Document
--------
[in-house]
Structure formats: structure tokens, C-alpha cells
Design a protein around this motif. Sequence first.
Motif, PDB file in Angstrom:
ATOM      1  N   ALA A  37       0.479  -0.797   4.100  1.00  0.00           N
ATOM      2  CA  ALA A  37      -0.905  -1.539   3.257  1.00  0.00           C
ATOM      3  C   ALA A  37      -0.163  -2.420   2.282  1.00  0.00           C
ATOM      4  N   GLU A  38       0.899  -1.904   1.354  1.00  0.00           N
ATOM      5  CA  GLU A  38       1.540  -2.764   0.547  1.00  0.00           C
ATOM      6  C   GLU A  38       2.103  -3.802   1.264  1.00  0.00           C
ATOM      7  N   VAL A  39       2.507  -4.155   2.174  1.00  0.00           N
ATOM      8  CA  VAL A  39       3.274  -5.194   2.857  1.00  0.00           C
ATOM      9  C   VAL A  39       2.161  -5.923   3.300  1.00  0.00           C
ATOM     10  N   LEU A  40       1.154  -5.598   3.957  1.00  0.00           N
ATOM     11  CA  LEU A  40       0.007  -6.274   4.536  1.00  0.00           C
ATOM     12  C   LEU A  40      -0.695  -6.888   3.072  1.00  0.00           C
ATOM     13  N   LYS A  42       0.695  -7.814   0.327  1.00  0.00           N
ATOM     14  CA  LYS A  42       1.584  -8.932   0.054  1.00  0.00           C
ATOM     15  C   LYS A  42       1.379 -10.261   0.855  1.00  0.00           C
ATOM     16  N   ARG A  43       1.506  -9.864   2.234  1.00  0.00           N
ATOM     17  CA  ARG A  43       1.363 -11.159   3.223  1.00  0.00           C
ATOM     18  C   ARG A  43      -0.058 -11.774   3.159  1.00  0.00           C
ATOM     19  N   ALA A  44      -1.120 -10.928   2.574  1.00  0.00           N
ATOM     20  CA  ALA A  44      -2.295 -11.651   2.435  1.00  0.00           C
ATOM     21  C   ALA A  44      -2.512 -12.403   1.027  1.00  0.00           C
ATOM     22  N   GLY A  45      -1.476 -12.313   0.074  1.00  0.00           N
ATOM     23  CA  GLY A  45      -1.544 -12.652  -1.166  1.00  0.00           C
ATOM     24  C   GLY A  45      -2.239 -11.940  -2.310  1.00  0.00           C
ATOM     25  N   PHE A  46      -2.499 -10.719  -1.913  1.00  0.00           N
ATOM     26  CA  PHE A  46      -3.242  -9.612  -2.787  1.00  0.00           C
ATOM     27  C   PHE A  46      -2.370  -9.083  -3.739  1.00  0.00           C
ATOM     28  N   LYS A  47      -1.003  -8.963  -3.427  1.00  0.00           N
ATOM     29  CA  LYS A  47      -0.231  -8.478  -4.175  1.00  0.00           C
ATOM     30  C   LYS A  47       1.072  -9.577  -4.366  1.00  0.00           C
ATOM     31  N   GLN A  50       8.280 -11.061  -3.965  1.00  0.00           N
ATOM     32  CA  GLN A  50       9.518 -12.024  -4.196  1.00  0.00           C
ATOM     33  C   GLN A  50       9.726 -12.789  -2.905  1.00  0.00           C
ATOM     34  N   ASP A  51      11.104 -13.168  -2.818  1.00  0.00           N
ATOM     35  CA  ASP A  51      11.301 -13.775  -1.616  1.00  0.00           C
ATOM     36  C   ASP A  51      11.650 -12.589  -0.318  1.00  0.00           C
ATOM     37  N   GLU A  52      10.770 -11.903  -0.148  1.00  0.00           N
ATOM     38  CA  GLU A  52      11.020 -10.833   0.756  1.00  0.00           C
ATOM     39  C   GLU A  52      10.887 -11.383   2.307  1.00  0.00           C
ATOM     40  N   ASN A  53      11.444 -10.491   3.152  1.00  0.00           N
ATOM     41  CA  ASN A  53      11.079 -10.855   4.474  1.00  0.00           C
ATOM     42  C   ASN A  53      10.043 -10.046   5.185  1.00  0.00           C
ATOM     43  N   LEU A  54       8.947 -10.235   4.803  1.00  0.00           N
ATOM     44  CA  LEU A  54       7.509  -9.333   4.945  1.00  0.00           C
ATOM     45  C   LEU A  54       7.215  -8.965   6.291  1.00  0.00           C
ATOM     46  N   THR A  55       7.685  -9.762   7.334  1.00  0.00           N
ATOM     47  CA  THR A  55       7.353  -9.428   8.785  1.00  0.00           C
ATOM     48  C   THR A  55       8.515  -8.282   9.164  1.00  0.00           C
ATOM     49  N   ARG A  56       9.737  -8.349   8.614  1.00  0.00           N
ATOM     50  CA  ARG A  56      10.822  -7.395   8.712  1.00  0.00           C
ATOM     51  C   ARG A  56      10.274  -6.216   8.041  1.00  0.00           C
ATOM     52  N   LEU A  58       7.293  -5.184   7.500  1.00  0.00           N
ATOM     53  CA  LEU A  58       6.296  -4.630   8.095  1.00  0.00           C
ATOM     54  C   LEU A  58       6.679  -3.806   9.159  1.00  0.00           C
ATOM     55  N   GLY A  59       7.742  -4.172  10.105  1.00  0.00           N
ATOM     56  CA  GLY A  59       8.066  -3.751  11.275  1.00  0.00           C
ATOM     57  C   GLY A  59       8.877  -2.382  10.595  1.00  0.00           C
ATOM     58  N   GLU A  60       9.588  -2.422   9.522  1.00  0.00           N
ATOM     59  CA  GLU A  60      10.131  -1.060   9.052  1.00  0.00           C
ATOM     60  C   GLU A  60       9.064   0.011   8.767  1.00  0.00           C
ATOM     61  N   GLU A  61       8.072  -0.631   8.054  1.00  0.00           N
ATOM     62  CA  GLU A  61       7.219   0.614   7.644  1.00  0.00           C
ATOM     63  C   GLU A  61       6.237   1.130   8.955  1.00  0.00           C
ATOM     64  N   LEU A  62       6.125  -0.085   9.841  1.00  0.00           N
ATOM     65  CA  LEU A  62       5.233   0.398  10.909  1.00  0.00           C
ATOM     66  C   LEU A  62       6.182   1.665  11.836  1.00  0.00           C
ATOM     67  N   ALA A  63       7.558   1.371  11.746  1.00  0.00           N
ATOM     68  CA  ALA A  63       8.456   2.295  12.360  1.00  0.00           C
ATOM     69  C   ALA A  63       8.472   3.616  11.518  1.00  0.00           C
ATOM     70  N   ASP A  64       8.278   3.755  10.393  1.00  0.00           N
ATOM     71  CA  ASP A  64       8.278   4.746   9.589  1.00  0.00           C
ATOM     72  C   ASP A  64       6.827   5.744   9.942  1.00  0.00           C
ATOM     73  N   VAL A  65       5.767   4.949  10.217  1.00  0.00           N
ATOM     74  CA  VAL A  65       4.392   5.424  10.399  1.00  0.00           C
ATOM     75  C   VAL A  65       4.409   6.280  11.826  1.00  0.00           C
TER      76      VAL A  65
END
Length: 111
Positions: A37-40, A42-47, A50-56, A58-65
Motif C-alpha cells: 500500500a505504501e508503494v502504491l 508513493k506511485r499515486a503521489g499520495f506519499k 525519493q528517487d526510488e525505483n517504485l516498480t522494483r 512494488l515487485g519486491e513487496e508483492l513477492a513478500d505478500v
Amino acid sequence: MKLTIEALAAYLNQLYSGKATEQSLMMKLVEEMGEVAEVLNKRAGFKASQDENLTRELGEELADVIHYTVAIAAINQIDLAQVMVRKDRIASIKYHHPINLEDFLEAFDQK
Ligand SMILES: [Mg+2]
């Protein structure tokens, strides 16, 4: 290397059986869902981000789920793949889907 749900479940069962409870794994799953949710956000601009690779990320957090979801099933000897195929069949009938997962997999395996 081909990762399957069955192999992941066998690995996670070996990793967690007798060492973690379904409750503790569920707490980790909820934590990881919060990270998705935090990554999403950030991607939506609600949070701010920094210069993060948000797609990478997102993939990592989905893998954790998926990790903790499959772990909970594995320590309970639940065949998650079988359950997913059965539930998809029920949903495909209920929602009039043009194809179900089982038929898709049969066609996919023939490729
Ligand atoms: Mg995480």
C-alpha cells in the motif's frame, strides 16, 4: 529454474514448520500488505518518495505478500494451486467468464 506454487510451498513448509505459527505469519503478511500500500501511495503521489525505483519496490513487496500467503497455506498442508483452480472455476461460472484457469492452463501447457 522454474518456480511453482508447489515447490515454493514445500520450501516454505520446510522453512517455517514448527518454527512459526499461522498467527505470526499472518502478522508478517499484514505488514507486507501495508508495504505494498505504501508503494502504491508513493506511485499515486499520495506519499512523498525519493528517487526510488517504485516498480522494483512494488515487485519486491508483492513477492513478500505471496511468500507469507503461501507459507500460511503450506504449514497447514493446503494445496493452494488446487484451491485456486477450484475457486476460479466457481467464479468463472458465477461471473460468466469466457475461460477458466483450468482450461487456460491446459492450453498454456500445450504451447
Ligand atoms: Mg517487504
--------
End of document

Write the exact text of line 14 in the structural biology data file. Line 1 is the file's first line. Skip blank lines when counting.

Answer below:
ATOM     10  N   LEU A  40       1.154  -5.598   3.957  1.00  0.00           N